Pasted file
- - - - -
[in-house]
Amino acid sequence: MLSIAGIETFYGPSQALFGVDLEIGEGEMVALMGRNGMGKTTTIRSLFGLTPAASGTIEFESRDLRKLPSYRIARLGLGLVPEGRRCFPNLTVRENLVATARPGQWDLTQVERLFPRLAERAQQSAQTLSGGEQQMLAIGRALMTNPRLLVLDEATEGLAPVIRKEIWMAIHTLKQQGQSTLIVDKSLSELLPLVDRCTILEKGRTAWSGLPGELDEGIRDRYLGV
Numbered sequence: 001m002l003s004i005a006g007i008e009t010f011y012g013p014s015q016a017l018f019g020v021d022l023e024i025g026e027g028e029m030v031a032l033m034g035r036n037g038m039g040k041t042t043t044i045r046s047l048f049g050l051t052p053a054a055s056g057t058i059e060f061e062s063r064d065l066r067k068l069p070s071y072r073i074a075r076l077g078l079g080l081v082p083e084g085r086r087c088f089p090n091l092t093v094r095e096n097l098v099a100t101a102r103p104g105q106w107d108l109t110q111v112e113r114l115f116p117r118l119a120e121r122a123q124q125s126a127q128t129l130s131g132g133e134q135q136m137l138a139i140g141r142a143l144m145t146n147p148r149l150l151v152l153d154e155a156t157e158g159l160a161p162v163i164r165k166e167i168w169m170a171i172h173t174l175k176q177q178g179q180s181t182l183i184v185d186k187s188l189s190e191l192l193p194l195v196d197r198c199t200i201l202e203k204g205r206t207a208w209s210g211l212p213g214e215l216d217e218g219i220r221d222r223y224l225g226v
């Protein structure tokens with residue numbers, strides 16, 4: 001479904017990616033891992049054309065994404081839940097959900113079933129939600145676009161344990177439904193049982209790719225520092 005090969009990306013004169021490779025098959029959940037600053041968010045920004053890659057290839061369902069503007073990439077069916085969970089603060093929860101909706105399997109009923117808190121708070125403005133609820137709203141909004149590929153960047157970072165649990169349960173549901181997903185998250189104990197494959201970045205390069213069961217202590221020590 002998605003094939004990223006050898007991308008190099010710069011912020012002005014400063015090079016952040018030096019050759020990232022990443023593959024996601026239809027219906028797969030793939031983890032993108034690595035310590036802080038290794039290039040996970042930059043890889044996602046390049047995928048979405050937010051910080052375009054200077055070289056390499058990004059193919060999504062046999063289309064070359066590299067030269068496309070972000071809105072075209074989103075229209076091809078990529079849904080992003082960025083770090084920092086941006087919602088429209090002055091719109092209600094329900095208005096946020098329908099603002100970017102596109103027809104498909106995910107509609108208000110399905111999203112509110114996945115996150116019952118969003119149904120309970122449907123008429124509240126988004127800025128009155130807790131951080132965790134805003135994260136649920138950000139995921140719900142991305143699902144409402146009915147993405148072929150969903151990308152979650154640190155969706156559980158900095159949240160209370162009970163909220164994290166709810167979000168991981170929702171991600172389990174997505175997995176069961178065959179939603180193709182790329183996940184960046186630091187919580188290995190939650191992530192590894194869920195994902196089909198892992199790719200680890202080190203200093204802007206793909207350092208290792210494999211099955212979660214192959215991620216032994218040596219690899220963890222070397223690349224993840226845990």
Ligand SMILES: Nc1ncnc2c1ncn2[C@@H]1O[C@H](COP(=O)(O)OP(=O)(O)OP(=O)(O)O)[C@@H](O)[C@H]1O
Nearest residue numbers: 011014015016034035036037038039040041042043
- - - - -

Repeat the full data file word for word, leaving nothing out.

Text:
[in-house]
Amino acid sequence: MLSIAGIETFYGPSQALFGVDLEIGEGEMVALMGRNGMGKTTTIRSLFGLTPAASGTIEFESRDLRKLPSYRIARLGLGLVPEGRRCFPNLTVRENLVATARPGQWDLTQVERLFPRLAERAQQSAQTLSGGEQQMLAIGRALMTNPRLLVLDEATEGLAPVIRKEIWMAIHTLKQQGQSTLIVDKSLSELLPLVDRCTILEKGRTAWSGLPGELDEGIRDRYLGV
Numbered sequence: 001m002l003s004i005a006g007i008e009t010f011y012g013p014s015q016a017l018f019g020v021d022l023e024i025g026e027g028e029m030v031a032l033m034g035r036n037g038m039g040k041t042t043t044i045r046s047l048f049g050l051t052p053a054a055s056g057t058i059e060f061e062s063r064d065l066r067k068l069p070s071y072r073i074a075r076l077g078l079g080l081v082p083e084g085r086r087c088f089p090n091l092t093v094r095e096n097l098v099a100t101a102r103p104g105q106w107d108l109t110q111v112e113r114l115f116p117r118l119a120e121r122a123q124q125s126a127q128t129l130s131g132g133e134q135q136m137l138a139i140g141r142a143l144m145t146n147p148r149l150l151v152l153d154e155a156t157e158g159l160a161p162v163i164r165k166e167i168w169m170a171i172h173t174l175k176q177q178g179q180s181t182l183i184v185d186k187s188l189s190e191l192l193p194l195v196d197r198c199t200i201l202e203k204g205r206t207a208w209s210g211l212p213g214e215l216d217e218g219i220r221d222r223y224l225g226v
């Protein structure tokens with residue numbers, strides 16, 4: 001479904017990616033891992049054309065994404081839940097959900113079933129939600145676009161344990177439904193049982209790719225520092 005090969009990306013004169021490779025098959029959940037600053041968010045920004053890659057290839061369902069503007073990439077069916085969970089603060093929860101909706105399997109009923117808190121708070125403005133609820137709203141909004149590929153960047157970072165649990169349960173549901181997903185998250189104990197494959201970045205390069213069961217202590221020590 002998605003094939004990223006050898007991308008190099010710069011912020012002005014400063015090079016952040018030096019050759020990232022990443023593959024996601026239809027219906028797969030793939031983890032993108034690595035310590036802080038290794039290039040996970042930059043890889044996602046390049047995928048979405050937010051910080052375009054200077055070289056390499058990004059193919060999504062046999063289309064070359066590299067030269068496309070972000071809105072075209074989103075229209076091809078990529079849904080992003082960025083770090084920092086941006087919602088429209090002055091719109092209600094329900095208005096946020098329908099603002100970017102596109103027809104498909106995910107509609108208000110399905111999203112509110114996945115996150116019952118969003119149904120309970122449907123008429124509240126988004127800025128009155130807790131951080132965790134805003135994260136649920138950000139995921140719900142991305143699902144409402146009915147993405148072929150969903151990308152979650154640190155969706156559980158900095159949240160209370162009970163909220164994290166709810167979000168991981170929702171991600172389990174997505175997995176069961178065959179939603180193709182790329183996940184960046186630091187919580188290995190939650191992530192590894194869920195994902196089909198892992199790719200680890202080190203200093204802007206793909207350092208290792210494999211099955212979660214192959215991620216032994218040596219690899220963890222070397223690349224993840226845990």
Ligand SMILES: Nc1ncnc2c1ncn2[C@@H]1O[C@H](COP(=O)(O)OP(=O)(O)OP(=O)(O)O)[C@@H](O)[C@H]1O
Nearest residue numbers: 011014015016034035036037038039040041042043